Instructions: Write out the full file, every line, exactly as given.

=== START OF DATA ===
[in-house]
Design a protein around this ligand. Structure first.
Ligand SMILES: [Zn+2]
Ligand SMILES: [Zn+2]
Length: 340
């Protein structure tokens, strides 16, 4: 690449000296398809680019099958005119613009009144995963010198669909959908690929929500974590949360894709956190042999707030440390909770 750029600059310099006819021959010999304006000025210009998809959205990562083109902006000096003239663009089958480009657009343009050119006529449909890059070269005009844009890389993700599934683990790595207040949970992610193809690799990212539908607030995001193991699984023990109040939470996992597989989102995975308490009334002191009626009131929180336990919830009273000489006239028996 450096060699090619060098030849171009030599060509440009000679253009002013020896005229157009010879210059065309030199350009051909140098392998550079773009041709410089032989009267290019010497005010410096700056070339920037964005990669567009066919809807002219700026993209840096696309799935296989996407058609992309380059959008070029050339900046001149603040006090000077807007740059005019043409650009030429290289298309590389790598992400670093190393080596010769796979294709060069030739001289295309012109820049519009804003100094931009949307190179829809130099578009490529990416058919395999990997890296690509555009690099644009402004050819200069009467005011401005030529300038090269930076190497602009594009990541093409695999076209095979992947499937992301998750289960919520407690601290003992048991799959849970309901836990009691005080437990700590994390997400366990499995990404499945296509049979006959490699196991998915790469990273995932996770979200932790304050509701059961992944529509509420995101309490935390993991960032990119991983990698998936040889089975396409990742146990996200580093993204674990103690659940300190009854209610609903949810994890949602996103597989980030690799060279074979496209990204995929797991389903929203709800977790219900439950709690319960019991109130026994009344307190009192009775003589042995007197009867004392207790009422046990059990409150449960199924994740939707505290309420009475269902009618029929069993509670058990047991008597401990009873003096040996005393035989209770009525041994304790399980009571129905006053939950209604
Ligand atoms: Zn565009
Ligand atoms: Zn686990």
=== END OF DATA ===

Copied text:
[in-house]
Design a protein around this ligand. Structure first.
Ligand SMILES: [Zn+2]
Ligand SMILES: [Zn+2]
Length: 340
């Protein structure tokens, strides 16, 4: 690449000296398809680019099958005119613009009144995963010198669909959908690929929500974590949360894709956190042999707030440390909770 750029600059310099006819021959010999304006000025210009998809959205990562083109902006000096003239663009089958480009657009343009050119006529449909890059070269005009844009890389993700599934683990790595207040949970992610193809690799990212539908607030995001193991699984023990109040939470996992597989989102995975308490009334002191009626009131929180336990919830009273000489006239028996 450096060699090619060098030849171009030599060509440009000679253009002013020896005229157009010879210059065309030199350009051909140098392998550079773009041709410089032989009267290019010497005010410096700056070339920037964005990669567009066919809807002219700026993209840096696309799935296989996407058609992309380059959008070029050339900046001149603040006090000077807007740059005019043409650009030429290289298309590389790598992400670093190393080596010769796979294709060069030739001289295309012109820049519009804003100094931009949307190179829809130099578009490529990416058919395999990997890296690509555009690099644009402004050819200069009467005011401005030529300038090269930076190497602009594009990541093409695999076209095979992947499937992301998750289960919520407690601290003992048991799959849970309901836990009691005080437990700590994390997400366990499995990404499945296509049979006959490699196991998915790469990273995932996770979200932790304050509701059961992944529509509420995101309490935390993991960032990119991983990698998936040889089975396409990742146990996200580093993204674990103690659940300190009854209610609903949810994890949602996103597989980030690799060279074979496209990204995929797991389903929203709800977790219900439950709690319960019991109130026994009344307190009192009775003589042995007197009867004392207790009422046990059990409150449960199924994740939707505290309420009475269902009618029929069993509670058990047991008597401990009873003096040996005393035989209770009525041994304790399980009571129905006053939950209604
Ligand atoms: Zn565009
Ligand atoms: Zn686990």